Gardner seeks fair slice of $90 mil contract for blacks in building SS high school trade school
By Chinta Strausberg
When business icon Ed Gardner attends today’s Chicago Public Building (PBC) Commission’s board meeting, he will be demanding to know what percentage of the $90 million contract to build a trade school at the Chicago Vocational Career Academy High School (CVCA) will go to African Americans.
For the 87-year-old former Soft Sheen and housing giant, who came out of retirement last year to fight for jobs and contracts for blacks, today’s meeting will be all about accountability and fairness in the contract-letting process. Gardner works closely with the Coalition of African American Leaders (C.O.A.L.) chaired by Clarence Wood.
“The Board of Education is considering appointing a group called DLR to provide the architects to do the rehab work at the CVCA,” said Gardner. “Once you decide who he architect is he in turn will have the responsibility of inspecting general contractors and will assign the sub-contractors.” Gardner said Ald. Harris “has tried to fight with the PBC to be sure that black architects get a chance to do the architectural work and black contractors” are included.
The PBC, which is chaired by Mayor Rahm Emanuel, will be held at 2:30 p.m. today in the second floor conference room at the Daley Center. CVCA opened in 1940 with 850 students as an all-male vocational school controlled by the U.S. Navy in 1941 with the beginning of WW II, according to Wikipedia. In 1942, classes were reportedly taught 24-hours a day for the convenience of working students. In 1946, the school went coed.
Both Gardner and Trotter want to know what is the push back on including African Americans on this $90 million school project. He credited Senator Trotter for getting the funds passed for this project. Gardner said the PBC wants to decide who will get the contracts.
“We feel unless we step up to the plate, then black contractors will not get their share of that $90 million public works project,” Gardner said. He has plenty of questions he’s demanding answers to like who are the black architects on this project? What percent of the architects will be black? What black firms will be involved with the construction management?
“Who will get that $90 million of construction work? What is the community-hiring plan for the project and who will monitor it? Who will be the local black contractors utilizing plan and who will monitor that”? Asked Gardner. “Too often we have had to stand by and watch Latino’s and white working in the middle of our community and we not get our share of the business,” Gardner said.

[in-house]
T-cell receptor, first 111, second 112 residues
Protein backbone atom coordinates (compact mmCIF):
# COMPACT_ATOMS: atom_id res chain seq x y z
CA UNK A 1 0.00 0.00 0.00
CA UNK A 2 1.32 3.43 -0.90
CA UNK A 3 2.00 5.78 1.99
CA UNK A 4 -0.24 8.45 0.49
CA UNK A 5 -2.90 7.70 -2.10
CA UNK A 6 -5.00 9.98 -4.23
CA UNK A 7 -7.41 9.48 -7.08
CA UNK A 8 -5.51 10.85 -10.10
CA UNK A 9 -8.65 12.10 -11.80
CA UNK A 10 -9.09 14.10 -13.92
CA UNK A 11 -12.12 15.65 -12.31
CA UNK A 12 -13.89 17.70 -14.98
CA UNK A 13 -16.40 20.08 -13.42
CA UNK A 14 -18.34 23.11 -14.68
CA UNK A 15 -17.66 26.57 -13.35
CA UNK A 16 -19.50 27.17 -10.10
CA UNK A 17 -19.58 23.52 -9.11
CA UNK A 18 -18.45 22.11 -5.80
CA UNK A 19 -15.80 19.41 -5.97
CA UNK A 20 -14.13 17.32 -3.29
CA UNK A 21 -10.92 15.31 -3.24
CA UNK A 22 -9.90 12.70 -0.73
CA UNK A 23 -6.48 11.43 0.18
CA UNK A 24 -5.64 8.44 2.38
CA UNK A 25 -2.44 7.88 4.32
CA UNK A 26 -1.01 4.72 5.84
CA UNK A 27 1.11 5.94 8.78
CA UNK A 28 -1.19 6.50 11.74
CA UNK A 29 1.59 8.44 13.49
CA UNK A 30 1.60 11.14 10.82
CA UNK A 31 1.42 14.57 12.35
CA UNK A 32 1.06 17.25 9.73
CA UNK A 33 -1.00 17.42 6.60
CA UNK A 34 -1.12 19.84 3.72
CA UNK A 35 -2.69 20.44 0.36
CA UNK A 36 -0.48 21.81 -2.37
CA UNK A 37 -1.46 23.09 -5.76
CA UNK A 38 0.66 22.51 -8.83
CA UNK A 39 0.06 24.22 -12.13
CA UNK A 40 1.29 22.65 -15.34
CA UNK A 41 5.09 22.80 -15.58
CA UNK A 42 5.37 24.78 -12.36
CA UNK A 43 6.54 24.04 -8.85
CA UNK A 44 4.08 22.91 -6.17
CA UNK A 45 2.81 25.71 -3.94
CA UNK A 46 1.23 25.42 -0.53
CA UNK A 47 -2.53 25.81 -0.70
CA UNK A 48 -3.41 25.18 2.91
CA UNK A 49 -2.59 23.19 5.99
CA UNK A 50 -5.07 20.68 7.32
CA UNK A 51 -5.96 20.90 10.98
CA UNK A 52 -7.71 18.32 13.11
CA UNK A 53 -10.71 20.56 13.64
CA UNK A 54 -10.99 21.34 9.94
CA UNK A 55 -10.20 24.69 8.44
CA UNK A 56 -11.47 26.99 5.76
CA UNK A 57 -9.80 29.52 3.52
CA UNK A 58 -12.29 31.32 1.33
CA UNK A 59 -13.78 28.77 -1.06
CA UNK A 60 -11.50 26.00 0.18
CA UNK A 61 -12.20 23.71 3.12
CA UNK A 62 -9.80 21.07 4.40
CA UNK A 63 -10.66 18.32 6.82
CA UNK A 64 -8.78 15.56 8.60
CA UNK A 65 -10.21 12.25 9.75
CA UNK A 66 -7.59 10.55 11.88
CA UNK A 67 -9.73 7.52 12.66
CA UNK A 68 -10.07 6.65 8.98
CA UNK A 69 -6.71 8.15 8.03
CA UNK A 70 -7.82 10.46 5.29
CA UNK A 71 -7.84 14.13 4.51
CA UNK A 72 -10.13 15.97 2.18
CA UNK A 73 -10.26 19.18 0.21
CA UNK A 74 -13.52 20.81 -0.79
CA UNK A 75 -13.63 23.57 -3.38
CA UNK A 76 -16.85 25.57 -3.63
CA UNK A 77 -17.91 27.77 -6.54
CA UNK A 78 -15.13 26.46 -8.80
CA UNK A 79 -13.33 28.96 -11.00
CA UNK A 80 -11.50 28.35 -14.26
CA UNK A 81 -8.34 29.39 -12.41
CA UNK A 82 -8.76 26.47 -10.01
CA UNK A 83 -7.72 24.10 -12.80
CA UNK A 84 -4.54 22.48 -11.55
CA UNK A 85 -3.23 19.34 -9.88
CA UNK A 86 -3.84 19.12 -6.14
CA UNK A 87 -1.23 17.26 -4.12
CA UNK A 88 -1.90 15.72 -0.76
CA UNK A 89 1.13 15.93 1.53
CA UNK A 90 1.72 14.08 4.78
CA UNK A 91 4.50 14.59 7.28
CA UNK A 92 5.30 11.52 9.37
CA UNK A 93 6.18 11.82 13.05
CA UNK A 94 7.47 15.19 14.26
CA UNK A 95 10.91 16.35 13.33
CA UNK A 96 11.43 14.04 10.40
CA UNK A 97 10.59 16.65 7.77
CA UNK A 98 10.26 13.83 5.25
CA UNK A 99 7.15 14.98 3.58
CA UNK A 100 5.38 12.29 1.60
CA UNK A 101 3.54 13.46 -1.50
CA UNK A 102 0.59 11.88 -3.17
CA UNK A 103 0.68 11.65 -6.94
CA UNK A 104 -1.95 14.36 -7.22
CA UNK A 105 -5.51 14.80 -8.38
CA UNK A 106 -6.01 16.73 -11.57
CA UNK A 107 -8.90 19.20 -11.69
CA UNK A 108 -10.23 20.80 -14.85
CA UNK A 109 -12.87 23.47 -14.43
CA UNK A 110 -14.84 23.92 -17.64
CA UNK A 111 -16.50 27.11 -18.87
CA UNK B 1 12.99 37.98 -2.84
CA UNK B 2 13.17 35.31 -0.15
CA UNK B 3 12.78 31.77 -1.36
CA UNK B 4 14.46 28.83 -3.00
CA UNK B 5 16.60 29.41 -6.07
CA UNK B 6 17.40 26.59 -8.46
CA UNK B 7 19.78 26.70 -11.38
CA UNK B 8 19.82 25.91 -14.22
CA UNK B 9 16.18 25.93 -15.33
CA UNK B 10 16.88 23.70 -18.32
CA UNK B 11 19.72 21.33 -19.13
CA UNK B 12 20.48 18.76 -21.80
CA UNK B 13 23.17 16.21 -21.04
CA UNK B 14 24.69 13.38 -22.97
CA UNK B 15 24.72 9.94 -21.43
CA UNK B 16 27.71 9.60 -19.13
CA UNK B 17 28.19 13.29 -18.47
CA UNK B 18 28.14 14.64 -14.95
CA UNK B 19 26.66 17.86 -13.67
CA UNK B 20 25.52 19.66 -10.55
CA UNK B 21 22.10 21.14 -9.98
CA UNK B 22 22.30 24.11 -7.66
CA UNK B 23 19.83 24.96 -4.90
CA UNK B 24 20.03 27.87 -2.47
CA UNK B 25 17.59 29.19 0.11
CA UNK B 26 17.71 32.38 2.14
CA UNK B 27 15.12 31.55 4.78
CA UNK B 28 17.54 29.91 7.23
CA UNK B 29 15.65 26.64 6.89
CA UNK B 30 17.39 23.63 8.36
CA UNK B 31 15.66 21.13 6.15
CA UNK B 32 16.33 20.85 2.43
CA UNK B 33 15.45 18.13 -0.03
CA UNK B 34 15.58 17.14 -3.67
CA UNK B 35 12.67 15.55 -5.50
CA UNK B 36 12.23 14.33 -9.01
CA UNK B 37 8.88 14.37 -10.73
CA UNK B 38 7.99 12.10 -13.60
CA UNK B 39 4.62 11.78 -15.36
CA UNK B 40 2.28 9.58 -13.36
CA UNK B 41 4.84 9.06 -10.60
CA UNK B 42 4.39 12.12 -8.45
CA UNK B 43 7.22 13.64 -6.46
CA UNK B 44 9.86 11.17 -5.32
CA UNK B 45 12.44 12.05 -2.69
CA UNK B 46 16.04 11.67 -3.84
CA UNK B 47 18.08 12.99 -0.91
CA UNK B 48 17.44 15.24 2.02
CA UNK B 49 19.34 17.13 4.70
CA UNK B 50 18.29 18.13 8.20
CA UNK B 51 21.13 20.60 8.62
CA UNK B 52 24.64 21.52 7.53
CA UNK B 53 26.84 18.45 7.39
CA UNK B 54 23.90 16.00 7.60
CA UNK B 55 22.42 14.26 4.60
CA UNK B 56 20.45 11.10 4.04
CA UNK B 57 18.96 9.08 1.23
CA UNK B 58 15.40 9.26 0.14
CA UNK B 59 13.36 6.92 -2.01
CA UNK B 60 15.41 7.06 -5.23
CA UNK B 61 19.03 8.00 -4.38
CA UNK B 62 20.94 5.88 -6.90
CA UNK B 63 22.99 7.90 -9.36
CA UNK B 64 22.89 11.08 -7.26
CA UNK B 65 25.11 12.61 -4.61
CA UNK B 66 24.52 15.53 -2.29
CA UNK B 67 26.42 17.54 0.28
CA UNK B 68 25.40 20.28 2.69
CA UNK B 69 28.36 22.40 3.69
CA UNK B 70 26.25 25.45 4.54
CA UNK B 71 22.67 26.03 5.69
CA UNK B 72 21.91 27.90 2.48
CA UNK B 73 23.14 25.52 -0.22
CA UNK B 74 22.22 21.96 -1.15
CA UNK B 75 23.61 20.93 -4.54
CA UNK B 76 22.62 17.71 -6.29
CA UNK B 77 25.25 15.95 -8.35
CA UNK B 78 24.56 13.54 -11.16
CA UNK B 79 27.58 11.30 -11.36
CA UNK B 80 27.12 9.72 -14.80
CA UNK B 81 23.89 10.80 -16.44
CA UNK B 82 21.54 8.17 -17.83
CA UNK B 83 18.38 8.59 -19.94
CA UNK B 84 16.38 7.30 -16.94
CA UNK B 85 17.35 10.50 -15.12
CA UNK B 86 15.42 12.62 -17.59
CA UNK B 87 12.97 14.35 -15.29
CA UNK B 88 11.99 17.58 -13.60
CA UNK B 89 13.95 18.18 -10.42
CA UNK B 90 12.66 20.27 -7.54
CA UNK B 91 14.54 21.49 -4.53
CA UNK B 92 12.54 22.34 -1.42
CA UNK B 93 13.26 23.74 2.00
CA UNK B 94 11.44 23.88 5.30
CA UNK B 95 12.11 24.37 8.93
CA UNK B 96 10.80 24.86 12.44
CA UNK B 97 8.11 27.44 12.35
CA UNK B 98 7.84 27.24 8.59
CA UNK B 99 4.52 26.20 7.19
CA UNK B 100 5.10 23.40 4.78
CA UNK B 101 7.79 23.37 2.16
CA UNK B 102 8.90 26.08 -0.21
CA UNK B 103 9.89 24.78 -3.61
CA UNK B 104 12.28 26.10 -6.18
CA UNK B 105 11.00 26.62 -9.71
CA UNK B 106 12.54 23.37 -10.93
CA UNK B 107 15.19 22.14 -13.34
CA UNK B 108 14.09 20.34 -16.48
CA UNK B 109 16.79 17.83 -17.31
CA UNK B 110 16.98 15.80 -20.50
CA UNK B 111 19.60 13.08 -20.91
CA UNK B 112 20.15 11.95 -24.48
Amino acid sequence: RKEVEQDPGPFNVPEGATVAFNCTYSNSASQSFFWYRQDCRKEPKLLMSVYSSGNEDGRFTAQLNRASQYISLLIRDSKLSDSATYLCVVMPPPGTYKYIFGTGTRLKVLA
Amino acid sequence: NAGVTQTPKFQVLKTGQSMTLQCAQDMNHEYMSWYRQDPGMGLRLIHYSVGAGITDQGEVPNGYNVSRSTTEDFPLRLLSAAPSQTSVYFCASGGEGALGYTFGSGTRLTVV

The South Side school is home to such alumni as the king of comedy, Bernie Mac, Keena Turner, former NFL linebacker now vice president of Football Affairs for the 49ers, College Hall of Famer Chris Zorich, former NFL linebacker, former Chicago Bears super star, NBA star Juwan Howard and many others.
The massive project for the high school, located at 2100 East 87th St. that is formerly called CVS, is the brainchild and political muscle of Senator Donne E. Trotter (D-17th) who is working closely with Ald. Michelle Harris (8th).
With such a rich history and located in a nearly all-black community, both Gardner and Senator Trotter want to be sure that the state dollars are equitably spent and that African Americans received a large slice of that contractual pie.
Giving the history of this historic project was Senator Trotter who said originally $75 million was appropriated out of the $31 billion capital budget passed in Springfield three-years ago for the construction of the trade school at CVCA. In the three-years since the bill was passed, Trotter said, “these dollars have been sitting there waiting for the CPS to come up with a plan, that $75 million is now $90 million based on inflation.
“I’ve gotten a commitment for an additional $15 million” for a total of $90 million to cover the rise in costs of labor and skill, Senator Trotter said. Trotter said he included language in the bill that specifically says the money can only be used “for anything else except the retrofitting of the school in the CPS and only at CVCA.
“The issue is with the CPS, the mayor and the CBC,” Trotter said explaining. When asked what does he want for this project, Senator Trotter said, “We want minorities participation on this project and not just oversight. We want to see people contracted, doing that work all the way through to the architectures to workers on the site itself,” he said.